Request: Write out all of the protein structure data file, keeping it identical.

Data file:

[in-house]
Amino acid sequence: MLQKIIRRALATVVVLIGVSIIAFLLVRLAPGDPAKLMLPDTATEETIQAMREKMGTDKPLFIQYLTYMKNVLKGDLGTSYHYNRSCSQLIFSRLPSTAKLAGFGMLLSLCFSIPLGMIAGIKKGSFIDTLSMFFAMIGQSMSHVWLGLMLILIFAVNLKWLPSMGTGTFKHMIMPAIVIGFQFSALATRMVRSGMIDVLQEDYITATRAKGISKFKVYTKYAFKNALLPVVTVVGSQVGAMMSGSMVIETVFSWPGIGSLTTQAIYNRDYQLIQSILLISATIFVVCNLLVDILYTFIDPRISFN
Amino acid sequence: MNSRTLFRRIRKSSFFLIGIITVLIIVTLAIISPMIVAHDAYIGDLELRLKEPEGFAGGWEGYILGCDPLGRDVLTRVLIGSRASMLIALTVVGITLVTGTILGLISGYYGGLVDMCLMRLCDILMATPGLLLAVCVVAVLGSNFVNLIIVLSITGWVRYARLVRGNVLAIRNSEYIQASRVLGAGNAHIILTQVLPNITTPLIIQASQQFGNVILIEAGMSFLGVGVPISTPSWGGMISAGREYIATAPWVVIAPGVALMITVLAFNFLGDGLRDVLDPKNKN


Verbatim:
[in-house]
Amino acid sequence: MLQKIIRRALATVVVLIGVSIIAFLLVRLAPGDPAKLMLPDTATEETIQAMREKMGTDKPLFIQYLTYMKNVLKGDLGTSYHYNRSCSQLIFSRLPSTAKLAGFGMLLSLCFSIPLGMIAGIKKGSFIDTLSMFFAMIGQSMSHVWLGLMLILIFAVNLKWLPSMGTGTFKHMIMPAIVIGFQFSALATRMVRSGMIDVLQEDYITATRAKGISKFKVYTKYAFKNALLPVVTVVGSQVGAMMSGSMVIETVFSWPGIGSLTTQAIYNRDYQLIQSILLISATIFVVCNLLVDILYTFIDPRISFN
Amino acid sequence: MNSRTLFRRIRKSSFFLIGIITVLIIVTLAIISPMIVAHDAYIGDLELRLKEPEGFAGGWEGYILGCDPLGRDVLTRVLIGSRASMLIALTVVGITLVTGTILGLISGYYGGLVDMCLMRLCDILMATPGLLLAVCVVAVLGSNFVNLIIVLSITGWVRYARLVRGNVLAIRNSEYIQASRVLGAGNAHIILTQVLPNITTPLIIQASQQFGNVILIEAGMSFLGVGVPISTPSWGGMISAGREYIATAPWVVIAPGVALMITVLAFNFLGDGLRDVLDPKNKN